The first Board of Trustees was appointed at the meeting on September 18 so that the new Council could begin business. A short time later the Council was incorporated and the first trustee meeting was held. Mr. Van Aken was elected president, Leonard Goss, vice president, and John Beeston, Secretary-Treasurer. Patricia Moore, the first woman to be made a member of the Board, became the secretary the following year and served the Council in that capacity for eleven years, longer than any other officer. The new council, with all its youthful vitality, came into being with a roar, figuratively and literally, when the first annual meeting was held in January 1968 at the Zoo on one of Cleveland's nasty and snowy winter nights. Nevertheless, nearly twenty persons representing twelve institutions were on hand. It was, from the outset, the plan to have a meaningful exchange at each meeting, and that first night, the directory of the Ohio Historical Society came to Cleveland to speak to the Council. The new structure of dinner meetings, an informal atmosphere, punctuated by lectures, discussions, and presentations of information about each of the members was immediately successful. Museums soon began to ask for admission, and although the requirements for membership were stringent and strictly enforced, membership climbed steadily, reaching the thirty mark within eight years.

There has always been a particular person to lead the way at critical stages in the Council's history. In the 1950s and early 1960s, Ron Day kept the old council alive. At its critical turning point in 1967, Margaret Butler was a strong voice for its continued survival as a general representative of all museums. The new Council was served well and faithfully by one of its founders, its first president, and long-time trustee, William R. Van Aken. He guided our initial years, providing administrative wisdom, legal advice, and, most important of all, a steadying influence that made the Council truly a council for all museums.

The following years were busy ones as the Council moved toward fulfilling its new ambitions. Education of the public about museums was a critical issue. An active public relations effort on behalf of all the members began in the late 1960s, carried on by Richard and Evelyn Ward who volunteered their time as public relations coordinators for the Council. A regular column in the Sunday Plain Dealer entitled "At the Museums" listed each member, hours, and special exhibits, and each week on of the members was highlighted in the column with special coverage. TRW-sponsored public radio broadcasts of the Cleveland Orchestra included a series of interviews with Council members in 1973. That same year, a series of half hour interviews with members, a different one each week, began on radio station WWWE. Television spots for members were included in several local shows, including the popular Paige Palmer Show and a Sunday spot hosted by Tom Haley. Mary Strassmeyer was frequently persuaded to feature our members, especially on a radio talk show that she hosted toward the end of the 1970s and in the early 1980s. Special exhibits about all the Council members were done for the Home and Flower Show for several years; and special exhibits on members were featured a the large downtown Cleveland department stores. For a short time in the spring of 1968, an attempt was made to make some of our member institutions more accessible through bus service, but there were few riders, and the bus service was consequently dropped.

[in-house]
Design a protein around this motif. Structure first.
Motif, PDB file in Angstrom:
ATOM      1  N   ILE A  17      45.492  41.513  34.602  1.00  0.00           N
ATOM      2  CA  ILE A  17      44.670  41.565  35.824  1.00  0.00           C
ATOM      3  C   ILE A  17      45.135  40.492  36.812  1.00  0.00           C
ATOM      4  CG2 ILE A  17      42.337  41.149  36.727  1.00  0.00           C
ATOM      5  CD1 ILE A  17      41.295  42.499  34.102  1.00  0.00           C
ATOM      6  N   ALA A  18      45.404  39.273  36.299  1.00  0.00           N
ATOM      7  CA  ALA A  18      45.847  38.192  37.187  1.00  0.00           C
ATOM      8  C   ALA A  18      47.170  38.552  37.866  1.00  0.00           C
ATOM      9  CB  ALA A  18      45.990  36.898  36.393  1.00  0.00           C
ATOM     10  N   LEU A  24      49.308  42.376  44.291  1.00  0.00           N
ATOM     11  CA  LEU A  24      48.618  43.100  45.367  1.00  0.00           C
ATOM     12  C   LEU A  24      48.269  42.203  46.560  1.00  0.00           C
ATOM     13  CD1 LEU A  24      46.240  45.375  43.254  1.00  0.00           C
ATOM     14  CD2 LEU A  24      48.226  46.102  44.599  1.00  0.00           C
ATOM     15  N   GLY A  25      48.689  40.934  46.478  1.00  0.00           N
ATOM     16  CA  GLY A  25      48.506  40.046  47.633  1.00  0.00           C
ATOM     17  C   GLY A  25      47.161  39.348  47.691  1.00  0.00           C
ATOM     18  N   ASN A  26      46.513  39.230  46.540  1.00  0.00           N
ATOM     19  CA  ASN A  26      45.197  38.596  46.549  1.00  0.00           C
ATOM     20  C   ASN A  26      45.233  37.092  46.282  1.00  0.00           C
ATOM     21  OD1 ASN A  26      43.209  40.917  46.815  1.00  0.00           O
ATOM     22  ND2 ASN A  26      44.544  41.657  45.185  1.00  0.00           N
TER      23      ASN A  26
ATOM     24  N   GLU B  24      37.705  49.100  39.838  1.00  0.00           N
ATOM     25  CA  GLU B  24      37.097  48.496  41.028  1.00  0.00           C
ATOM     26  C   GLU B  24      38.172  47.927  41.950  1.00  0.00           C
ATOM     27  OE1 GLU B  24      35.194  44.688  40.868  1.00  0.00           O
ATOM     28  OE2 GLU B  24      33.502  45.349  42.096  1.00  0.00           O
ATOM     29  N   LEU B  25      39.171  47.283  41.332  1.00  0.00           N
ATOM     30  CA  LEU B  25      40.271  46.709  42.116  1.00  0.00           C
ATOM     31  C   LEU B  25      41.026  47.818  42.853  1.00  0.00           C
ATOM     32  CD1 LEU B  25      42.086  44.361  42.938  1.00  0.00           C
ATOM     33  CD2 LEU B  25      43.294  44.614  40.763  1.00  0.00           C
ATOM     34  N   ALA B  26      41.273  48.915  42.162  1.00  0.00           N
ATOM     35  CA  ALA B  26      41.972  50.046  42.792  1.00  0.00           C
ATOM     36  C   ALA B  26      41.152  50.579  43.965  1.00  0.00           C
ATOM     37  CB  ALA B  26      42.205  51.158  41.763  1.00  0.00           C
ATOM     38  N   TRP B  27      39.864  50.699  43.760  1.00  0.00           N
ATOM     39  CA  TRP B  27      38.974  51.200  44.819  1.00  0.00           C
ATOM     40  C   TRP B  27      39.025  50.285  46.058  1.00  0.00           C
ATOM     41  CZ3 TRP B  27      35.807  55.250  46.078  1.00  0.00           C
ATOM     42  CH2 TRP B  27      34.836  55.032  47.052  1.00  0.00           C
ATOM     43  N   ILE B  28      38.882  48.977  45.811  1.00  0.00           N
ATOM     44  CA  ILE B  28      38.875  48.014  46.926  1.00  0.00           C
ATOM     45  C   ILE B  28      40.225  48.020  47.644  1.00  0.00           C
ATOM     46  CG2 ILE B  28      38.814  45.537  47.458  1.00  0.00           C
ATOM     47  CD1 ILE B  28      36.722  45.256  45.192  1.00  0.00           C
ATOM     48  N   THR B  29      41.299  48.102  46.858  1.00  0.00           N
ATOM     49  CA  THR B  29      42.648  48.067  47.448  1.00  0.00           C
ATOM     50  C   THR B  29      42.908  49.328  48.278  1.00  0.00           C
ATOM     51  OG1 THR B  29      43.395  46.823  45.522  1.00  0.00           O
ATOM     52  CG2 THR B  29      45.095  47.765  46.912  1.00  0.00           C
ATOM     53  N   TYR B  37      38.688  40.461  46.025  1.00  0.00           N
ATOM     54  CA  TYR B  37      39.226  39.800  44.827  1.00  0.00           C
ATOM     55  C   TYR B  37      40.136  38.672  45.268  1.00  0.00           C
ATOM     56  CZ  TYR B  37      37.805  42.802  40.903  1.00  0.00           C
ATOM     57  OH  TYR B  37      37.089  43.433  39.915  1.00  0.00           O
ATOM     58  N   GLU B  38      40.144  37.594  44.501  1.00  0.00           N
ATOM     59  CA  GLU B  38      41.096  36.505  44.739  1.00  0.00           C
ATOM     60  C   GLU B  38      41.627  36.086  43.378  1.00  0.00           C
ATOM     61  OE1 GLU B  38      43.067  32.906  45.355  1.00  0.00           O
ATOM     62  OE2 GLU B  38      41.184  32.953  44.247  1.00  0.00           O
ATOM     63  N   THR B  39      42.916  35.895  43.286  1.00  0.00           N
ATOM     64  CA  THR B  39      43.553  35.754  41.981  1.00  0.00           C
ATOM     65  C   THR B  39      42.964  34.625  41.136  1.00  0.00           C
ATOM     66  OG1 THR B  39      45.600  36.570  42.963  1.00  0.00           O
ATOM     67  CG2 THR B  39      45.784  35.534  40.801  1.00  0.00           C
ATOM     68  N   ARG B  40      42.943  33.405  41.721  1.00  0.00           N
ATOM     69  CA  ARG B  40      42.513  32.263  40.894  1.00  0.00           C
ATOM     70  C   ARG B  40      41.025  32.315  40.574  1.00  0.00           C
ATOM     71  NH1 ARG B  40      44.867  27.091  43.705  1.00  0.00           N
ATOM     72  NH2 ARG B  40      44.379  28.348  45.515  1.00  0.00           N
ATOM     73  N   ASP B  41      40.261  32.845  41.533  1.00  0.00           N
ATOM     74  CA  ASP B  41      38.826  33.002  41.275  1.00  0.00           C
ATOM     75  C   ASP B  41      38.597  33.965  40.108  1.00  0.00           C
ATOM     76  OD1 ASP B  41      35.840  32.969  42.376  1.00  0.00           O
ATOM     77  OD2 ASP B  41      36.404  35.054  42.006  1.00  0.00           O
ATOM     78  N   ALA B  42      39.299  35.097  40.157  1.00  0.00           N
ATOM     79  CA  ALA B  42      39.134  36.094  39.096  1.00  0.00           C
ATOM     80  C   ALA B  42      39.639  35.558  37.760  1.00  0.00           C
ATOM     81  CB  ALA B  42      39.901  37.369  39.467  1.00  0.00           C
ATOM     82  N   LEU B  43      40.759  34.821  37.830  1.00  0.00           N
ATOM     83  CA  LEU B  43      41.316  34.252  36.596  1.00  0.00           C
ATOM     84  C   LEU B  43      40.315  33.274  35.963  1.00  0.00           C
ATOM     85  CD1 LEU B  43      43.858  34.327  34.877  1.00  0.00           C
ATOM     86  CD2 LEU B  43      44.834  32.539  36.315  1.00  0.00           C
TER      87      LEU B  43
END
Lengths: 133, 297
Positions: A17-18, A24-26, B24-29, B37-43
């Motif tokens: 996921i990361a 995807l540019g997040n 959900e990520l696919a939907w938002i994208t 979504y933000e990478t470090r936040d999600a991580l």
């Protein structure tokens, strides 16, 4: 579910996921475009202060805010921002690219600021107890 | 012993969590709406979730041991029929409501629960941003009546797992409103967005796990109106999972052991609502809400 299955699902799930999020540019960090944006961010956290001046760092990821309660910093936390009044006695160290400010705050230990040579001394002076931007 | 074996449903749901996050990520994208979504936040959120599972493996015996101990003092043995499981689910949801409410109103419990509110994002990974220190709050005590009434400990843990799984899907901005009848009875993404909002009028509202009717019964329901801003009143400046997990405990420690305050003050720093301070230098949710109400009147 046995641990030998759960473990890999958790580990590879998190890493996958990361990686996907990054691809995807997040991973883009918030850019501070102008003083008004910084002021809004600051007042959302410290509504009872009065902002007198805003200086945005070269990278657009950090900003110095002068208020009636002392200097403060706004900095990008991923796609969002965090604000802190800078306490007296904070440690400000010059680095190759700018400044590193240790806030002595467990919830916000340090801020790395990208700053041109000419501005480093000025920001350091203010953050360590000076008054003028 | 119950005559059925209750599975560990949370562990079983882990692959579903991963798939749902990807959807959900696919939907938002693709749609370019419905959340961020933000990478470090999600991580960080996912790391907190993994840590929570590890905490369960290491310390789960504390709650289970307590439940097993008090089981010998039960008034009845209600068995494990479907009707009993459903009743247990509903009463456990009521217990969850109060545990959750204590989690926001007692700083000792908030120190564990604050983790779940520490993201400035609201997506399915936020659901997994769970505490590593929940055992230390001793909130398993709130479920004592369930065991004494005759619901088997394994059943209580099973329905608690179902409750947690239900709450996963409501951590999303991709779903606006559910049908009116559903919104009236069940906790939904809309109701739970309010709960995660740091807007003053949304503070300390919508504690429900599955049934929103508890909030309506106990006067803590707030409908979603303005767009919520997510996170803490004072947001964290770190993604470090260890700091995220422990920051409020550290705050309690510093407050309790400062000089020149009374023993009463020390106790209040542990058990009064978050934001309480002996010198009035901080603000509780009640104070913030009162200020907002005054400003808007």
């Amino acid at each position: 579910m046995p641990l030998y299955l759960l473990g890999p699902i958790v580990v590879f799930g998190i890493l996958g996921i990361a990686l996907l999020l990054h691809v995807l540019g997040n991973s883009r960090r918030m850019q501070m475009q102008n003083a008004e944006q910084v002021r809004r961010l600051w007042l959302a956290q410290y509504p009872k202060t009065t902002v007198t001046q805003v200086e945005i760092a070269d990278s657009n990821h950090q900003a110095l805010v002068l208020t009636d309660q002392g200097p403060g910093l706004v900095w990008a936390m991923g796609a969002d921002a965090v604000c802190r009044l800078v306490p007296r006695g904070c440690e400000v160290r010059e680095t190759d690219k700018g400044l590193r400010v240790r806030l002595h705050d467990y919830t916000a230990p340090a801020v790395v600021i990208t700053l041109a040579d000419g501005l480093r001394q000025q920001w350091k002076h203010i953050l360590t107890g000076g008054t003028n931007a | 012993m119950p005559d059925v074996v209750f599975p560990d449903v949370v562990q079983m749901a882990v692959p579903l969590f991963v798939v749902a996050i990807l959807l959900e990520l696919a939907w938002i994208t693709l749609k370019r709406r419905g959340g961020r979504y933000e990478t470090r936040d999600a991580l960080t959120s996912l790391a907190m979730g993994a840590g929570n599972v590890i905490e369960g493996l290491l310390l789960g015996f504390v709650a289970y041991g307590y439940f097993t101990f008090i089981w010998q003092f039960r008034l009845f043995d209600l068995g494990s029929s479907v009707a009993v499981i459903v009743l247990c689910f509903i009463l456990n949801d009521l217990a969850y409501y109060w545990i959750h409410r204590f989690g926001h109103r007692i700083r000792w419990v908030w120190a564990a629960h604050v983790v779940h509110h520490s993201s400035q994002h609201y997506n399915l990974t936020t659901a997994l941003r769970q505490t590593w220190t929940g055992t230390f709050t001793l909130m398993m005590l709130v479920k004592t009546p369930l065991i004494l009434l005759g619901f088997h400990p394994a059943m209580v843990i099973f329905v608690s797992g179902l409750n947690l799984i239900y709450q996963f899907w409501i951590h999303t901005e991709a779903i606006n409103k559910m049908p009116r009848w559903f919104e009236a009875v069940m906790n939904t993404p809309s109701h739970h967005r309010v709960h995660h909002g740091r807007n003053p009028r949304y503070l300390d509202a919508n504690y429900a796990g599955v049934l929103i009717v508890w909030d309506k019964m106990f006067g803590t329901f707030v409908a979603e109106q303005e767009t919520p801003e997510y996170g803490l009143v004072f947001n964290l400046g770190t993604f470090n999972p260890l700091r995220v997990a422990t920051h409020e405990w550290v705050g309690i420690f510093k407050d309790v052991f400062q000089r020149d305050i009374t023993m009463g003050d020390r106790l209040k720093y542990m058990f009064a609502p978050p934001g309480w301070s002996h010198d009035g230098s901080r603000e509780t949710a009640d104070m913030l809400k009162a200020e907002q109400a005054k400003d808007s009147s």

Through the first years of the 1970s, concentrated efforts were made to publish a new brochure, finally resulting, with the help of some grants, in a 1976 brochure, the format of which is still used in today's council brochures. School education was not forgotten as part of the Councils heritage, and care was taken to provide information for schools in the brochure.